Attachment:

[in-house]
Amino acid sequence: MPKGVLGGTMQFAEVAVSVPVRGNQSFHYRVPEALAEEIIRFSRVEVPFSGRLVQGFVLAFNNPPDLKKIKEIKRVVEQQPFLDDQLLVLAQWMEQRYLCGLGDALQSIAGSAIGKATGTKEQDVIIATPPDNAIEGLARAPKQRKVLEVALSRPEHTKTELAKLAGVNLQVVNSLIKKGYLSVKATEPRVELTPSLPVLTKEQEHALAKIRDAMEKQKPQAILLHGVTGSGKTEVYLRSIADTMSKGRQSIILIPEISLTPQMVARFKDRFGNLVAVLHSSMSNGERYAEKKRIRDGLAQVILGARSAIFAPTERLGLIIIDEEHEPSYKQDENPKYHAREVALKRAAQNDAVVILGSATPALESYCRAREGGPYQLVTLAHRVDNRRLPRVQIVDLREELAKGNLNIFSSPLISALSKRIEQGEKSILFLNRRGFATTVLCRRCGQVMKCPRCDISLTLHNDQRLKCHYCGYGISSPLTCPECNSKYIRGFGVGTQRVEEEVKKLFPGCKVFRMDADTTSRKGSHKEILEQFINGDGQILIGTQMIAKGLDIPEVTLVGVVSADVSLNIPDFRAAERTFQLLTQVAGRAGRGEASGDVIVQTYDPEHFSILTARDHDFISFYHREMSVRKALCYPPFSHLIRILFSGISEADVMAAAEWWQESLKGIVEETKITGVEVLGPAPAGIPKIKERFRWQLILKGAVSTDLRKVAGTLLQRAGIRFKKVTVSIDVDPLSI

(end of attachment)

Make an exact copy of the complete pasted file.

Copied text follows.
[in-house]
Amino acid sequence: MPKGVLGGTMQFAEVAVSVPVRGNQSFHYRVPEALAEEIIRFSRVEVPFSGRLVQGFVLAFNNPPDLKKIKEIKRVVEQQPFLDDQLLVLAQWMEQRYLCGLGDALQSIAGSAIGKATGTKEQDVIIATPPDNAIEGLARAPKQRKVLEVALSRPEHTKTELAKLAGVNLQVVNSLIKKGYLSVKATEPRVELTPSLPVLTKEQEHALAKIRDAMEKQKPQAILLHGVTGSGKTEVYLRSIADTMSKGRQSIILIPEISLTPQMVARFKDRFGNLVAVLHSSMSNGERYAEKKRIRDGLAQVILGARSAIFAPTERLGLIIIDEEHEPSYKQDENPKYHAREVALKRAAQNDAVVILGSATPALESYCRAREGGPYQLVTLAHRVDNRRLPRVQIVDLREELAKGNLNIFSSPLISALSKRIEQGEKSILFLNRRGFATTVLCRRCGQVMKCPRCDISLTLHNDQRLKCHYCGYGISSPLTCPECNSKYIRGFGVGTQRVEEEVKKLFPGCKVFRMDADTTSRKGSHKEILEQFINGDGQILIGTQMIAKGLDIPEVTLVGVVSADVSLNIPDFRAAERTFQLLTQVAGRAGRGEASGDVIVQTYDPEHFSILTARDHDFISFYHREMSVRKALCYPPFSHLIRILFSGISEADVMAAAEWWQESLKGIVEETKITGVEVLGPAPAGIPKIKERFRWQLILKGAVSTDLRKVAGTLLQRAGIRFKKVTVSIDVDPLSI